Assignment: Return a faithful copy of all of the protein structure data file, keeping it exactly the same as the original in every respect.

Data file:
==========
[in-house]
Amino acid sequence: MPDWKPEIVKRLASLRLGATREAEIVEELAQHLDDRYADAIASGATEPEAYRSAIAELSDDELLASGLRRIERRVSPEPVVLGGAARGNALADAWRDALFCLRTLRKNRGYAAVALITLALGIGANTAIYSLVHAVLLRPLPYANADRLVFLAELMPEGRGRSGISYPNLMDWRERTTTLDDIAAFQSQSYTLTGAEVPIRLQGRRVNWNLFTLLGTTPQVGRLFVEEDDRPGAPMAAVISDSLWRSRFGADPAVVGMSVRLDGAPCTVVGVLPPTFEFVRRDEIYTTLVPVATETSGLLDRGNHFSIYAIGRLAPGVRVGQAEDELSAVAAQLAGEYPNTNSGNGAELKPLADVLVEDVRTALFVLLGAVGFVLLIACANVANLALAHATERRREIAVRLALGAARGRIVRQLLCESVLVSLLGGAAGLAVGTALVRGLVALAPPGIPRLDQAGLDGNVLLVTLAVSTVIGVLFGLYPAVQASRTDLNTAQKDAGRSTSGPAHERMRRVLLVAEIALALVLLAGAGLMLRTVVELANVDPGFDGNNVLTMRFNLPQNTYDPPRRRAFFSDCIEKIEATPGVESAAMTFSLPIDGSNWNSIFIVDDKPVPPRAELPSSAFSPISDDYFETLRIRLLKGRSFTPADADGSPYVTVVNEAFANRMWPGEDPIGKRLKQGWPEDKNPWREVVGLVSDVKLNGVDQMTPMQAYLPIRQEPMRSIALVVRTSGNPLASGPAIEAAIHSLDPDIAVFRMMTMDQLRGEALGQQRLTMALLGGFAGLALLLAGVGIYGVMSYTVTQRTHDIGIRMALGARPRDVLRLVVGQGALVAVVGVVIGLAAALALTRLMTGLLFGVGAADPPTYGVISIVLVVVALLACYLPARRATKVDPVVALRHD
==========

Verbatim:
[in-house]
Amino acid sequence: MPDWKPEIVKRLASLRLGATREAEIVEELAQHLDDRYADAIASGATEPEAYRSAIAELSDDELLASGLRRIERRVSPEPVVLGGAARGNALADAWRDALFCLRTLRKNRGYAAVALITLALGIGANTAIYSLVHAVLLRPLPYANADRLVFLAELMPEGRGRSGISYPNLMDWRERTTTLDDIAAFQSQSYTLTGAEVPIRLQGRRVNWNLFTLLGTTPQVGRLFVEEDDRPGAPMAAVISDSLWRSRFGADPAVVGMSVRLDGAPCTVVGVLPPTFEFVRRDEIYTTLVPVATETSGLLDRGNHFSIYAIGRLAPGVRVGQAEDELSAVAAQLAGEYPNTNSGNGAELKPLADVLVEDVRTALFVLLGAVGFVLLIACANVANLALAHATERRREIAVRLALGAARGRIVRQLLCESVLVSLLGGAAGLAVGTALVRGLVALAPPGIPRLDQAGLDGNVLLVTLAVSTVIGVLFGLYPAVQASRTDLNTAQKDAGRSTSGPAHERMRRVLLVAEIALALVLLAGAGLMLRTVVELANVDPGFDGNNVLTMRFNLPQNTYDPPRRRAFFSDCIEKIEATPGVESAAMTFSLPIDGSNWNSIFIVDDKPVPPRAELPSSAFSPISDDYFETLRIRLLKGRSFTPADADGSPYVTVVNEAFANRMWPGEDPIGKRLKQGWPEDKNPWREVVGLVSDVKLNGVDQMTPMQAYLPIRQEPMRSIALVVRTSGNPLASGPAIEAAIHSLDPDIAVFRMMTMDQLRGEALGQQRLTMALLGGFAGLALLLAGVGIYGVMSYTVTQRTHDIGIRMALGARPRDVLRLVVGQGALVAVVGVVIGLAAALALTRLMTGLLFGVGAADPPTYGVISIVLVVVALLACYLPARRATKVDPVVALRHD